Clyde N. Bowden & Charles D. Shields Postcards Collections


The Walter Havighurst Special Collections holds approximately half a million postcards from all places and times of the 20th-century world and continues to grow thanks to generous donations. The collection began with donations by Clyde N. Bowden and Charles D. Shields. Friends and Miami graduates, Bowden and Shields both took an interest in collecting postcards, particularly from the first half of the 20th century. Tragically, Shields fell ill in 1986. With Bowden’s help, his collection was donated to the Miami University Libraries and held in Special Collections. Fifteen years later, in 2001, Bowden again contacted the library, offering to contribute his own incredible collection. Since then, we have continued to receive donations from other individuals and institutions.

If you would like to donate your postcards or have questions about the process, please see the Gifts and Donations page or contact William Modrow for more information.


Bowden Postcard Collection Online

Clyde N. Bowden Postcards Collection Finding Aid

This project is a continually growing resource developed from the physical collection consisting of approximately 500-600 thousand postcards.

In the summer of 2014, thanks to generous donations from Clyde N. Bowden, Allen W. Bernard, and Virginius C. Hall, the bulk of the remaining Ohio postcards in both collections – roughly 26,000 in total – were digitized by a private company, allowing us to focus on developing the metadata and adding them to the online collection. In the Fall of 2022, the beginning efforts are underway to digitize the Kentucky postcard collection.  This project is ongoing with new postcards added to the collection every few weeks.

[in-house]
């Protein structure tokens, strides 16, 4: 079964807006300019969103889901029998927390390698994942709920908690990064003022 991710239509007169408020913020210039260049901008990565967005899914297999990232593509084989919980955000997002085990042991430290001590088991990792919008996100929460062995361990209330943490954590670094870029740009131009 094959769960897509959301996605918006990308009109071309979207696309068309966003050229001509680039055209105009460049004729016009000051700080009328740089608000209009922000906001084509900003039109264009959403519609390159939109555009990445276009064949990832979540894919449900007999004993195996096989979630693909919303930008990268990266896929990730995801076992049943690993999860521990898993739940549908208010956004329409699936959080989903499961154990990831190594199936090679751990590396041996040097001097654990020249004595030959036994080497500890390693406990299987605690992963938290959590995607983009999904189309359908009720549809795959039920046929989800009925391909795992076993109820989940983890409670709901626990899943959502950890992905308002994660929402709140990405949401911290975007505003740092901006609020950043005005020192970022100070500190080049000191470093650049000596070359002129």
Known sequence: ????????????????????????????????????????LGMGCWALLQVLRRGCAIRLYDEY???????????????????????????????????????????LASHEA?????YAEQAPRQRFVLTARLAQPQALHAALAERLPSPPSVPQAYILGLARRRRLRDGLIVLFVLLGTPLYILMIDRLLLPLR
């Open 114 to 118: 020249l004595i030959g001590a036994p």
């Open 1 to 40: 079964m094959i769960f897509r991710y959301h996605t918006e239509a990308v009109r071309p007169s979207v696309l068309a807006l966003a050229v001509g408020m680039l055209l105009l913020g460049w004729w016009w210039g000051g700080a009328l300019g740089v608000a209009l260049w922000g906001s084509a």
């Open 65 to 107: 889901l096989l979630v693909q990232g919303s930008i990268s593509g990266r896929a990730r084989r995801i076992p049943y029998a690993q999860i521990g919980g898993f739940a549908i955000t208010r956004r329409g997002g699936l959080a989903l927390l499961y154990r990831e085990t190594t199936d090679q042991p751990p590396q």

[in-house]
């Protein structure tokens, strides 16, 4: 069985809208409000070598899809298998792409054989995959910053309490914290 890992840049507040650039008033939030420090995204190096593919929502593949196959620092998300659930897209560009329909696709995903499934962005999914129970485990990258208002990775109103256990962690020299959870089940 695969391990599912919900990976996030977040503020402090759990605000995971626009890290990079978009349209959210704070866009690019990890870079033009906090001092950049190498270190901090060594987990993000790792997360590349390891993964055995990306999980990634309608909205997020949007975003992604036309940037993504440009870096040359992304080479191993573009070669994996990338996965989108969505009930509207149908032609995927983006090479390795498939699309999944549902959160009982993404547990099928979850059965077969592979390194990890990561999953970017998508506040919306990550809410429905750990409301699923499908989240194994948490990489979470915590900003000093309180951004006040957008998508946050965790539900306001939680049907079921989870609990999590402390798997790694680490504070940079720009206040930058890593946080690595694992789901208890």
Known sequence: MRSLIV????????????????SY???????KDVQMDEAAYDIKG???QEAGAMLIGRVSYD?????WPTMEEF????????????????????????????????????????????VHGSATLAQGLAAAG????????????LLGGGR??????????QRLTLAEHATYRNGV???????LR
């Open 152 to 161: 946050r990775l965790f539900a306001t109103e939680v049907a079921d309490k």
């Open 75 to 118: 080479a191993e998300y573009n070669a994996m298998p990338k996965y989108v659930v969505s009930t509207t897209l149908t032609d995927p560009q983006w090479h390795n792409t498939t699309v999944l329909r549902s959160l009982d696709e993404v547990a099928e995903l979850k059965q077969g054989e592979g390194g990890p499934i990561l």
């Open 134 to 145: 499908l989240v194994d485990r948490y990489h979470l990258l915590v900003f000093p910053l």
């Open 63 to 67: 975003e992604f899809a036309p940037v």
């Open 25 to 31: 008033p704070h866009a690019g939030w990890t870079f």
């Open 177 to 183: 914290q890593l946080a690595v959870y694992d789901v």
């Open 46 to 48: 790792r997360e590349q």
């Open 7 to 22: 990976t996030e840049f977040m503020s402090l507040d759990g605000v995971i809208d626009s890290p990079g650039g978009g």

Map of Oxford from the collection

Map of Oxford from the Bowden Postcard Collection Online

We have also created a map to help visualize the locations depicted on the postcards on a map, which you can view from the link in the top navigation bar. Blue pins mark each individual postcard and the colored circles list the number of postcards in the region. Click on the circle to zoom in and see where individual postcards are. This is currently a project in its beta testing stages and we welcome any feedback. While we have done our best to accurately place each card, please note that some of these locations may be approximations. Some versions of Internet Explorer may not be compatible. If you do not see any pins or circles on the map, please try another browser or contact us for help.

In spring 2014 one of our students, Meghan Pratschler, completed an excellent series of guides to identifying the logos of various printers and publishers of postcards, as well as identifying common misspellings and alternative names to these companies. We are making these documents available on the About page of the digital collection website in the hopes that they will prove useful for other similar projects. Please feel free to reuse these guides, giving credit to Meghan for her work. Also, please note that these lists are based on our own collection only and are ongoing works.